Green light for rapeseed meal imports from India to China

By Jane Byrne

- Last updated on GMT

© GettyImages/AvigatorPhotographer
© GettyImages/AvigatorPhotographer
China has dropped a ban on rapeseed meal imports from India as the government seeks to diversify sources of protein used in livestock and poultry feed given the trade war with the US, reported Reuters citing Chinese officials.

Rapeseed meal shipments from India can resume if they meet certain inspection and quarantine requirements, the General Administration of Customs in China said on its website.

China was a leading buyer of rapeseed meal from India before a 2011 ban on such imports into China was imposed due to quality concerns.

Tests carried out by Chinese officials before the ban was brought in showed that some Indian rapeseed meal cargoes were contaminated with malachite green, a dye widely used in India to brand grain sacks, wrote The Hindu Business Line.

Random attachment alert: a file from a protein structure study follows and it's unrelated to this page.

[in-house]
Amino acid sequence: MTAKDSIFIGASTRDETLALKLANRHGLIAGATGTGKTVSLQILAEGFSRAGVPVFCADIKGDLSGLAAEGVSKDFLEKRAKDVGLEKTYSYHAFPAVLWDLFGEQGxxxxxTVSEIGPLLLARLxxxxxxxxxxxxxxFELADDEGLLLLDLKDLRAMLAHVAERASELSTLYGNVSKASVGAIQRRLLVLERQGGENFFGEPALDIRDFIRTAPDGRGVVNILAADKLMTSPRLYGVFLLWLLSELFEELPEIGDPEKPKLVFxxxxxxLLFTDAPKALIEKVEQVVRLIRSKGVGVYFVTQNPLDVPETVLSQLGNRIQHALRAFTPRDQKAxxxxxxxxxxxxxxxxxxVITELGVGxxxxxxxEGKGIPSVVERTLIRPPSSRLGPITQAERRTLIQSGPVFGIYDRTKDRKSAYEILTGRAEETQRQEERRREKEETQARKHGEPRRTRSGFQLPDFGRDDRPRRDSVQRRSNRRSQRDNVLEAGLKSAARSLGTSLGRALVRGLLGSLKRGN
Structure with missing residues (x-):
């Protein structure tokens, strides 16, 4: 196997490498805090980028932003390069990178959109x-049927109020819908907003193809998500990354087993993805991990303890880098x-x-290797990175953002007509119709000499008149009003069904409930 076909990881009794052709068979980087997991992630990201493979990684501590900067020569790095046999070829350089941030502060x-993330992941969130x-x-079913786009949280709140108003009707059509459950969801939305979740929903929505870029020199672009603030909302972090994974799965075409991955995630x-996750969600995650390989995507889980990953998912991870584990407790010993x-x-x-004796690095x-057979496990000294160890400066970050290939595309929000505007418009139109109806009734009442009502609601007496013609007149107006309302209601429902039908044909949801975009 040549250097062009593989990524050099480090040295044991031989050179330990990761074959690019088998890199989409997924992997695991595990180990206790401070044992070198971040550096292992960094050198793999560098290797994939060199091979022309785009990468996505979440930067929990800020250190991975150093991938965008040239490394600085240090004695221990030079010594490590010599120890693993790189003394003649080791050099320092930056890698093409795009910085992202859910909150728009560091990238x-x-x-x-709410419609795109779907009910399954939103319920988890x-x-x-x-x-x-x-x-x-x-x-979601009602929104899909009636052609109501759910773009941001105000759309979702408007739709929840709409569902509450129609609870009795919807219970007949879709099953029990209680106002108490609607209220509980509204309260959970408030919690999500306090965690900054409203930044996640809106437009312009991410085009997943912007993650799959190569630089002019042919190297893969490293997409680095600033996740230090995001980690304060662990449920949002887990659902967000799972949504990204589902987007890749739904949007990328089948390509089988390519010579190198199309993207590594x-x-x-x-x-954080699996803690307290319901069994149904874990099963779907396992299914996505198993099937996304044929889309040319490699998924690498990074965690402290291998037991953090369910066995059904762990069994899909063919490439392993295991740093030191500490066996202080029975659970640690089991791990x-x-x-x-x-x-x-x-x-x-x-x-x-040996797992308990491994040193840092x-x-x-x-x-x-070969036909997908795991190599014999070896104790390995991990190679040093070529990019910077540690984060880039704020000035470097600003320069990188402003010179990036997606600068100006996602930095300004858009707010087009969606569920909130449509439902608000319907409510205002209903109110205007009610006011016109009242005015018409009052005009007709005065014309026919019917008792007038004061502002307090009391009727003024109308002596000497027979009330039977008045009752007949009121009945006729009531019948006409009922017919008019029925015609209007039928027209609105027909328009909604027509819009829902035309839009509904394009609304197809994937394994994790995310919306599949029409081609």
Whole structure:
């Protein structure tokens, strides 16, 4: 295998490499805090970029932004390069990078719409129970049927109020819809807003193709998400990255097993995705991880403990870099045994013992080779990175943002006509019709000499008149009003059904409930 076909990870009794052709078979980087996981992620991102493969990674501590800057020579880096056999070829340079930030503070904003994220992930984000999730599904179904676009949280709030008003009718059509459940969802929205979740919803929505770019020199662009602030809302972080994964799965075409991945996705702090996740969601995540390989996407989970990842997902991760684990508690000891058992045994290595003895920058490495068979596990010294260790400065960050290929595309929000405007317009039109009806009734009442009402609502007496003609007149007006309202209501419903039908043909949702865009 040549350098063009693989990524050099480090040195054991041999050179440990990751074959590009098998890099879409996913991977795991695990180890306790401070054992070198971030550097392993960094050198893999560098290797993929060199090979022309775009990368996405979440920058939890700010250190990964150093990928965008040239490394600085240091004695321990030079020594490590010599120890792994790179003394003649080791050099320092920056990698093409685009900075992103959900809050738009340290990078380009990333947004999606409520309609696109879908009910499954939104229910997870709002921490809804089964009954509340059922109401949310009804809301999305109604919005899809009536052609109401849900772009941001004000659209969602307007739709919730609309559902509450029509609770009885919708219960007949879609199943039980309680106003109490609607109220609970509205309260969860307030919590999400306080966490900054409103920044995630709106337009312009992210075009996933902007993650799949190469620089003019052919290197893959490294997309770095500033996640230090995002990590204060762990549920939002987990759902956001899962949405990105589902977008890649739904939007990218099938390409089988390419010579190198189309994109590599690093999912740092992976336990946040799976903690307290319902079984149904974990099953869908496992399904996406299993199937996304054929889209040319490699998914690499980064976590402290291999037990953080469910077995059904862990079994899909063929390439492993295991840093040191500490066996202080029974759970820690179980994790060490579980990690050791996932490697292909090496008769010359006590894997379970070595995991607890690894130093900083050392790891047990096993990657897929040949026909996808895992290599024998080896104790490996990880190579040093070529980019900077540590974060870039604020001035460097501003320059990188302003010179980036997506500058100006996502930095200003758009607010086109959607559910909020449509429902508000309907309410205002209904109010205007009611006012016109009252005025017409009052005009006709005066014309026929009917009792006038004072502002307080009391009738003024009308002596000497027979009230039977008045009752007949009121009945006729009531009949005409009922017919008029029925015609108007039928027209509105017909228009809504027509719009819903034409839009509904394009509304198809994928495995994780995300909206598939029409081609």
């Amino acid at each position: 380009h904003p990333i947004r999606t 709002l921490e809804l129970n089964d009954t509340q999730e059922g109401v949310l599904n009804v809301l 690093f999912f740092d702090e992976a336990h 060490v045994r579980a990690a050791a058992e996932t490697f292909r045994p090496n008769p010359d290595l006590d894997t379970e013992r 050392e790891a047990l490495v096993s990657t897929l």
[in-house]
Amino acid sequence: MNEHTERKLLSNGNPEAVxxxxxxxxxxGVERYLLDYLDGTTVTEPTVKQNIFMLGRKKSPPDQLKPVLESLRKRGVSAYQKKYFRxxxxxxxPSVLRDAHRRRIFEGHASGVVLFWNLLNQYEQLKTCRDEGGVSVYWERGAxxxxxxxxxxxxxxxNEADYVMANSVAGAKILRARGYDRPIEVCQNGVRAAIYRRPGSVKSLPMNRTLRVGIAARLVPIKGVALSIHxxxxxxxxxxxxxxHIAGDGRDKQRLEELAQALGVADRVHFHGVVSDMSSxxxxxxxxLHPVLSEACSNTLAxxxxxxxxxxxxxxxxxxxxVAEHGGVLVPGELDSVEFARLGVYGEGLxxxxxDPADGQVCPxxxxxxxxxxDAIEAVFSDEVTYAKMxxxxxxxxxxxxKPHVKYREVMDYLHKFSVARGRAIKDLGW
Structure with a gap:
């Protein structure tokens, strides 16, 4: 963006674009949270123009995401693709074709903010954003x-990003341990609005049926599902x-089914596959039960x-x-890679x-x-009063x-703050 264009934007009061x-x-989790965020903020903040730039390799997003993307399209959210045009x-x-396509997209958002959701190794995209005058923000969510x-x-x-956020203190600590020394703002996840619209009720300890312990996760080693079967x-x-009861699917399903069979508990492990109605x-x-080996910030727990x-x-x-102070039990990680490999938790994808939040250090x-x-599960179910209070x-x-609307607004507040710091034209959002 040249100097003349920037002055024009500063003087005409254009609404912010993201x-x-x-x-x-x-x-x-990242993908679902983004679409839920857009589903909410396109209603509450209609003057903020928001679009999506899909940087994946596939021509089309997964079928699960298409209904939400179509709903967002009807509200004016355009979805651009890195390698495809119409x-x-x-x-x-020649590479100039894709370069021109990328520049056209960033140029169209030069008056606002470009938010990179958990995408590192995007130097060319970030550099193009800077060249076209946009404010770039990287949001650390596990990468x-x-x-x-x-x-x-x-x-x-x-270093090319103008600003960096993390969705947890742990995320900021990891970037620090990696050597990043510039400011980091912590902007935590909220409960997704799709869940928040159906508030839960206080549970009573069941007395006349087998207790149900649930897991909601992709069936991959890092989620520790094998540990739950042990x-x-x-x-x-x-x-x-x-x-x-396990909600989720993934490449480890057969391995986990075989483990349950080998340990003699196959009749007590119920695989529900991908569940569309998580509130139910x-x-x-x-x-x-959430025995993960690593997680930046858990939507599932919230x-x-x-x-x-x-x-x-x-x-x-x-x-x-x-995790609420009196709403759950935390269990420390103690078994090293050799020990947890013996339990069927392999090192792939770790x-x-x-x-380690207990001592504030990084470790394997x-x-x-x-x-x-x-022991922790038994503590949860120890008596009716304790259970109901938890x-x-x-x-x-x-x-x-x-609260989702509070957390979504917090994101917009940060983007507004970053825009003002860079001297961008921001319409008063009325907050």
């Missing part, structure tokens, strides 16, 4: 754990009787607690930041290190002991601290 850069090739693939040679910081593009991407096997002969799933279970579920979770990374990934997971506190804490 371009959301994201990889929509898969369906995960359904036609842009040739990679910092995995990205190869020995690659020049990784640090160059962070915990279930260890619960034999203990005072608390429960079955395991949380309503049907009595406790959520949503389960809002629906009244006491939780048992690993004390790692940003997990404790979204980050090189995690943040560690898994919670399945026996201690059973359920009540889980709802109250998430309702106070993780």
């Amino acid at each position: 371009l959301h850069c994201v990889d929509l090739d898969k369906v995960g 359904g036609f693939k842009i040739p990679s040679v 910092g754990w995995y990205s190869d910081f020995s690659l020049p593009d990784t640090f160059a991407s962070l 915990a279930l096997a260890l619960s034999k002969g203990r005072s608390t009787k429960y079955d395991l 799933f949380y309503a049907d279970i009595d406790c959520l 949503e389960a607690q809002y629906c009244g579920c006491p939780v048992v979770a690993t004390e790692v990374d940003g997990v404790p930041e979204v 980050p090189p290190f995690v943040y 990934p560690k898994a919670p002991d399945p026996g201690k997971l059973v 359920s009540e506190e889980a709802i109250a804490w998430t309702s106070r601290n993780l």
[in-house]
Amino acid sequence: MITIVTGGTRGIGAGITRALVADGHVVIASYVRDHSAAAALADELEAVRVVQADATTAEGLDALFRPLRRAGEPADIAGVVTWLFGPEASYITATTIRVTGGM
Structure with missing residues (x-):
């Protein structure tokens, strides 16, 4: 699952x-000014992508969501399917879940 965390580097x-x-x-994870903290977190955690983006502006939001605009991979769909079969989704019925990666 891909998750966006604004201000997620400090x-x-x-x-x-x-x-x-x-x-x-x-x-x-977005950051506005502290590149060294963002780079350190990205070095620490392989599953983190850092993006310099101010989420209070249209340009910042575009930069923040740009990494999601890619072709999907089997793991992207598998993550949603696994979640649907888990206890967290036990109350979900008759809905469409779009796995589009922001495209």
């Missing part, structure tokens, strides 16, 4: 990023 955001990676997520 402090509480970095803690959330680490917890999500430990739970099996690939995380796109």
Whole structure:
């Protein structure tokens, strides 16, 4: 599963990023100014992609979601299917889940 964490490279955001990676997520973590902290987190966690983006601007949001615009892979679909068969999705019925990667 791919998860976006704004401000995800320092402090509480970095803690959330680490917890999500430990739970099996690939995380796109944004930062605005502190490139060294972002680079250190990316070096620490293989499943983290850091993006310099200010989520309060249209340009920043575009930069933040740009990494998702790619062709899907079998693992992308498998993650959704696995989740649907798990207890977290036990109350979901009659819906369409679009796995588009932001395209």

Indian lobbying

As the Chinese-US tariff tiff has escalated, India has been pushing to restart its rapeseed meal exports to China, trade that was valued at US$ 161 million in 2011.

In August, India trade officials had an online meeting with Chinese officials to remove any lingering concerns about the quality of Indian rapeseed meal they may had still had, according to the local media outlet. There was also a meeting between trade officials from both countries on the issue at the Indian embassy in Beijing in September, reported Reuters.

In July, Beijing removed tariffs​ on soybeans, soybean meal and rapeseed from five Asian countries including India as it looks to ways to reduce its dependence on soybean imports from the US.

China is also weighing up the benefits of increasing the use of synthetic amino acids in formulations to enable the feeding of lower protein based feeds to chickens and pigs. 

Length registration process

India could potentially export around 500,000 tons of rapeseed meal to China every year, BV Mehta, executive director of industry body, Solvent Extractors Association of India, told local press.

Exporters, however, will still need to register with Chinese authorities and it is a lengthy process, he added.

There is reportedly strong demand for Indian rapeseed meal currently in South Korea, Vietnam and Thailand.

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